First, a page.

ICC to rule Aug 19 on non-cooperation in Uhuru case

August 7, 2015 1:02 pm
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The case has since collapsed after Prosecutor Fatou Bensouda admitted she did not have evidence to sustain charges but claims her efforts were frustrated by non-cooperation/FILE
The case has since collapsed after Prosecutor Fatou Bensouda admitted she did not have evidence to sustain charges but claims her efforts were frustrated by non-cooperation/FILE
NAIROBI, Kenya, Aug 7 – The International Criminal Court’s Appeals Chamber will deliver its judgment on August 19, in the prosecutor’s appeal regarding Kenya’s non-cooperation in the case against President Uhuru Kenyatta.

International Criminal Court (ICC) Prosecutor Fatou Bensouda was allowed to appeal a decision declining to refer Kenya to the Assembly of States Parties (ASP) for non-cooperation in the case against President Kenyatta on March 9.

In granting the application, Trial Chamber V (b) judges allowed the prosecution to challenge its December 3, 2014 decision in which the court declined to refer Kenya to the ASP.

“Trial Chamber V (b) considered the request and the observations made by the Kenyan Government and the legal representative of the victims. The chamber decided to authorise the prosecutor to appeal the decision on Kenya’s cooperation,” the judges ruled.

Once the prosecution appeals, the chamber will decide “if the chamber has discretion to make a finding of non-compliance, and to refer the matter to the ASP, even where it had been determined that a State has failed to comply with a request for cooperation; and even if the chamber has such discretion, whether the chamber erred in the exercise of its discretion.”

Trial Chamber V (b) explained that it allowed the prosecution to appeal its decision because it had raised issues that affected the conduct of the proceedings in the case against Kenyatta.

It further stated that though the prosecution had withdrawn charges against the president, it did not mean that investigations against him could not continue.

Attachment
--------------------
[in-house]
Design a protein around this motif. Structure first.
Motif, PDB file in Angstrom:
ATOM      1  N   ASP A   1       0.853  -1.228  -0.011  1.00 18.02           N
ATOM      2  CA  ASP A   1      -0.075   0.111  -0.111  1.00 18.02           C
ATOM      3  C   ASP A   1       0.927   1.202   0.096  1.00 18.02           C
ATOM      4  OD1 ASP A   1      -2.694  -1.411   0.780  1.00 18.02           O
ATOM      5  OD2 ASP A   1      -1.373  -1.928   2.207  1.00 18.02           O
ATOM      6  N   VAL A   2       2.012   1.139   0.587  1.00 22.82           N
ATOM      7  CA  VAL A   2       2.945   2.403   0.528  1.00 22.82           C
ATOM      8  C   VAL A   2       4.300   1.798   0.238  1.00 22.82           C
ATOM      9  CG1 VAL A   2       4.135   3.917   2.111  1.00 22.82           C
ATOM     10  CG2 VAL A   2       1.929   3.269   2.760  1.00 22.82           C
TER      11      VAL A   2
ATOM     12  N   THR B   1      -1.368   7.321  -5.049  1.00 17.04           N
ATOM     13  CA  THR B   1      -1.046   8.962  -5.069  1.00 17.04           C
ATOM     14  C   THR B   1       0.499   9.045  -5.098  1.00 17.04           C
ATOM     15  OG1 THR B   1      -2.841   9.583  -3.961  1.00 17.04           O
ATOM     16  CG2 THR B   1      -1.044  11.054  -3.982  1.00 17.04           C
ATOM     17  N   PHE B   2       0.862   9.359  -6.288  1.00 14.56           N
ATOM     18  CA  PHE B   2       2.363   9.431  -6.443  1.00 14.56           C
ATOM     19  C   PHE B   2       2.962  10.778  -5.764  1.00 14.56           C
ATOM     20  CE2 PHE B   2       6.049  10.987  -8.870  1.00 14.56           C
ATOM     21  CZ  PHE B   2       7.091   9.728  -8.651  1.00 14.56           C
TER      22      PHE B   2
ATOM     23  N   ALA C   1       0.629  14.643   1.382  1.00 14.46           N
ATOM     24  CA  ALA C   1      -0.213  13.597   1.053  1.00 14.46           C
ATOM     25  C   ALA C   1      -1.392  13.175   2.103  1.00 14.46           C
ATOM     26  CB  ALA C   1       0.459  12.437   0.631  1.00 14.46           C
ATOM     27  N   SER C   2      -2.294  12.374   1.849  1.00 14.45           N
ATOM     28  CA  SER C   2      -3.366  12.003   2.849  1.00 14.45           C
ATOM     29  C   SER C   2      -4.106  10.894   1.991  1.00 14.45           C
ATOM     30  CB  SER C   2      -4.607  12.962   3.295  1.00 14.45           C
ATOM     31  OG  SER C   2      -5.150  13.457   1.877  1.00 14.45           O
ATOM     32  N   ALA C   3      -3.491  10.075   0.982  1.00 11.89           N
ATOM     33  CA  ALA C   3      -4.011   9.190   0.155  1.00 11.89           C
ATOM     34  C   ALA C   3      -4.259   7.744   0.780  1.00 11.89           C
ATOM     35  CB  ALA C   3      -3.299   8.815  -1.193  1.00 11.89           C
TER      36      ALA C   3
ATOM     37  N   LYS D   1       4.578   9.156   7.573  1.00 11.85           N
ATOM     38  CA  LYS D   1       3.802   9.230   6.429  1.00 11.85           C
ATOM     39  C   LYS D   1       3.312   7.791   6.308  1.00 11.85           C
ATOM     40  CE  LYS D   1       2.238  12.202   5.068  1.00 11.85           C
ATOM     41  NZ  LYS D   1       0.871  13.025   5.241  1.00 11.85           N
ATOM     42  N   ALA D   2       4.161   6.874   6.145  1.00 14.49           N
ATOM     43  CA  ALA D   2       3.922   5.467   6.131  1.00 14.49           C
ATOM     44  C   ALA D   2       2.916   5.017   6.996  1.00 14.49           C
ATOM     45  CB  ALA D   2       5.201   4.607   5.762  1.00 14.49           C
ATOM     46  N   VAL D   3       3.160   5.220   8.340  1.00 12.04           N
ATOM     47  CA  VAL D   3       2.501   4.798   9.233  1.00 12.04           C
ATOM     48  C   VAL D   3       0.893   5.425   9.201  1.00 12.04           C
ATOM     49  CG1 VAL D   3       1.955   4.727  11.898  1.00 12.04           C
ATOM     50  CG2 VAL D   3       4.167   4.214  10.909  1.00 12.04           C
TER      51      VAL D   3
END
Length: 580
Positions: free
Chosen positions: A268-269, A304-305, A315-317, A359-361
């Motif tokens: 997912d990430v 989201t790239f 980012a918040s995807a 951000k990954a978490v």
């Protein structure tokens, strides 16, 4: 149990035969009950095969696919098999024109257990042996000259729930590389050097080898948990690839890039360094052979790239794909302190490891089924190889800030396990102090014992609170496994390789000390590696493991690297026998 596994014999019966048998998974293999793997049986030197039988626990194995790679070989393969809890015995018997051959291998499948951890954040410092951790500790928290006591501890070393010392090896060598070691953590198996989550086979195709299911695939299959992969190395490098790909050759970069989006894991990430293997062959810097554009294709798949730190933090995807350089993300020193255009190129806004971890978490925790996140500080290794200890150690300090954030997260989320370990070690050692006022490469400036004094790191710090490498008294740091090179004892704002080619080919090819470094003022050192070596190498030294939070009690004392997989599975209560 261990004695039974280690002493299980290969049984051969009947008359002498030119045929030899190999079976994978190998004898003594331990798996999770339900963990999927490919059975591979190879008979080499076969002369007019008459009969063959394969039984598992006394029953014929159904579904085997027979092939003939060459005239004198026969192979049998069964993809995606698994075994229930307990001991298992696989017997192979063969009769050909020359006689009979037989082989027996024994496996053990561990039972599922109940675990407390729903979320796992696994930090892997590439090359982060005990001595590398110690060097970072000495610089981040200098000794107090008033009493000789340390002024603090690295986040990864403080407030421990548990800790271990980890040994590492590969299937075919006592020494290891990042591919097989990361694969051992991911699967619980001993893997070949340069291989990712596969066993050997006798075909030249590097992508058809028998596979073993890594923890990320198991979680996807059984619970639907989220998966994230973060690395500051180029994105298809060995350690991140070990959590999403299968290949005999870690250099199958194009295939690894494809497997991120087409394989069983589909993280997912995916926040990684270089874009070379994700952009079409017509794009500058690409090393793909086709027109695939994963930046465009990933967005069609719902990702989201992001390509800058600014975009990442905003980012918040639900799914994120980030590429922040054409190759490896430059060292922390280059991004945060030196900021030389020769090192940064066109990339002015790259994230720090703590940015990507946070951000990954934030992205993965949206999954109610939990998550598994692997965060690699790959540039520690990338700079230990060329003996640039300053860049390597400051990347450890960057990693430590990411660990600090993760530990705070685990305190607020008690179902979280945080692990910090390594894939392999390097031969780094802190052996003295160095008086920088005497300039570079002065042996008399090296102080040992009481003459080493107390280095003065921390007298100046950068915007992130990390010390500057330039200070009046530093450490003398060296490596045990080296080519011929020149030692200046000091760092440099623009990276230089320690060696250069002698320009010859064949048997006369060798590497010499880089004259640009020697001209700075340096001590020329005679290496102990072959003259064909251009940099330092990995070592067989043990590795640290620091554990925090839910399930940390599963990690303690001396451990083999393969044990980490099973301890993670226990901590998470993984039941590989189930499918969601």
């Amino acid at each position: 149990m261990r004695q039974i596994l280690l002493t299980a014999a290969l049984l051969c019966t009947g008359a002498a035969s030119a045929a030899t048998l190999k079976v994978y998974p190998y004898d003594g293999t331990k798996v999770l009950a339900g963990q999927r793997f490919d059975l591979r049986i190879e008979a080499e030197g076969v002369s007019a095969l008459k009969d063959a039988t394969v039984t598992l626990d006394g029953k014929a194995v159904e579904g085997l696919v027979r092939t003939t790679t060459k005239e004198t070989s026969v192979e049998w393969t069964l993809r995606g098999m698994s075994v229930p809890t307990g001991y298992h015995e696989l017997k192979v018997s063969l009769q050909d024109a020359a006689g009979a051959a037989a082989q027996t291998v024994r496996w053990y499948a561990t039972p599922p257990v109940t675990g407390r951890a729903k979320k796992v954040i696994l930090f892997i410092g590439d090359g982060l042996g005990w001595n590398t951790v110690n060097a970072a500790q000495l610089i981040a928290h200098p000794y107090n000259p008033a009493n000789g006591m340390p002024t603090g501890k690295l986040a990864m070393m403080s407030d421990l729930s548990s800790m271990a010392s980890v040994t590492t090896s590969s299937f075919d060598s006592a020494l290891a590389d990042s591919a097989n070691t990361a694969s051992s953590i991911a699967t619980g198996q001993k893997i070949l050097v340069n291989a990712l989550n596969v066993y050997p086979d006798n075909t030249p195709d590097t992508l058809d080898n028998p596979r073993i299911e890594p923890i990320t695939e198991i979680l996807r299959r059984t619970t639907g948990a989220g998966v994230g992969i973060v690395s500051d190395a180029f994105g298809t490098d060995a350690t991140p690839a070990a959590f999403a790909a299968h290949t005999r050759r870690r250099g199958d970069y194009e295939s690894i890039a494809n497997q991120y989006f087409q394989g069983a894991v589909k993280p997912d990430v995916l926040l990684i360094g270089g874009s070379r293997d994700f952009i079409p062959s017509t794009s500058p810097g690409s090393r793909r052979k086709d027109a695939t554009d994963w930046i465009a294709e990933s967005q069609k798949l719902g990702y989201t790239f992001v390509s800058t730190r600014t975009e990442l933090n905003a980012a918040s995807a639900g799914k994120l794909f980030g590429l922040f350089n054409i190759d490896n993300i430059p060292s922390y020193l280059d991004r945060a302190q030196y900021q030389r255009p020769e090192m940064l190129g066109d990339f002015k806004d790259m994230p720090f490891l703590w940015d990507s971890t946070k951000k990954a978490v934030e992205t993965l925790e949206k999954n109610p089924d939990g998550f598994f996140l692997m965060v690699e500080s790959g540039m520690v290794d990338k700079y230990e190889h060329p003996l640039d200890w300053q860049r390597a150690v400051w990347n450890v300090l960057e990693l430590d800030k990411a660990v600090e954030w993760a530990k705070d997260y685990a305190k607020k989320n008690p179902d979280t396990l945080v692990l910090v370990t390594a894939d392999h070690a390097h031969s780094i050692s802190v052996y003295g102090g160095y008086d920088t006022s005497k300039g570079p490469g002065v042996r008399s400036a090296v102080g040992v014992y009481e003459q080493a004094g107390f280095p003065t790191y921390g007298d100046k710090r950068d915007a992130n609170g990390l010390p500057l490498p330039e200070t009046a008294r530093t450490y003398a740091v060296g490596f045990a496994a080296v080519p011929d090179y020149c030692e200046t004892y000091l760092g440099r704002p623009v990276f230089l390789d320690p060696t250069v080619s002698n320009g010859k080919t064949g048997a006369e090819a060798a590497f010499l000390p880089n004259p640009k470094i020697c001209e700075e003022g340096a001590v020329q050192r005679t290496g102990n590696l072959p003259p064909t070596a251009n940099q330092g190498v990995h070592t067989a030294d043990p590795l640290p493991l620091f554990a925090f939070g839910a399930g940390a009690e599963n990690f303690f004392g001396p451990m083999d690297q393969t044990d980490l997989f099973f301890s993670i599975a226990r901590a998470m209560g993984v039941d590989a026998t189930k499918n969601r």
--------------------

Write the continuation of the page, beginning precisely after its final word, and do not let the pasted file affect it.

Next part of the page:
The chamber led by Presiding Judge Kuniko Ozaki also noted that the Government of Kenya was obliged to cooperate with the court hence its approval of the prosecution’s appeal to refer it to the ASP.

“The chamber noted that the withdrawal of charges against Mr Kenyatta does not preclude ongoing investigations. Nor does it relieve the Kenyan Government of its statutory obligation to comply with any cooperation requests from the court,” they noted.

According to the judges, there are set mechanisms that give guidance on the process of a referral to the ASP where matters of non-cooperation arise.

“The chamber highlighted that the mechanism of referral to the ASP of matters of non-compliance is established in the Rome Statute, inter alia, in order to facilitate political and diplomatic efforts to promote cooperation with the court,” they explained.

Bensouda in her application on November 29, 2013 asked Trial Chamber V (b) to allow her to refer Kenya to the ASP over failure to cooperate as required under the Rome Statute.

She argued that the Government of Kenya had refused to submit to her office important documents which she required to solidify her waning case against President Kenyatta.

During two status conferences held to fast-track the progress of her office in preparing for the trial against President Kenyatta, Bensouda accused Kenya of withholding his bank records, land ownership records, vehicles within his possession and among others, companies in which he is a shareholder.

READ: Bensouda drops President Kenyatta’s ICC case

When she withdrew charges against the president on December 5, 2014, Bensouda said her case collapsed because Kenya refused to give her evidence that would have made her case water-tight.

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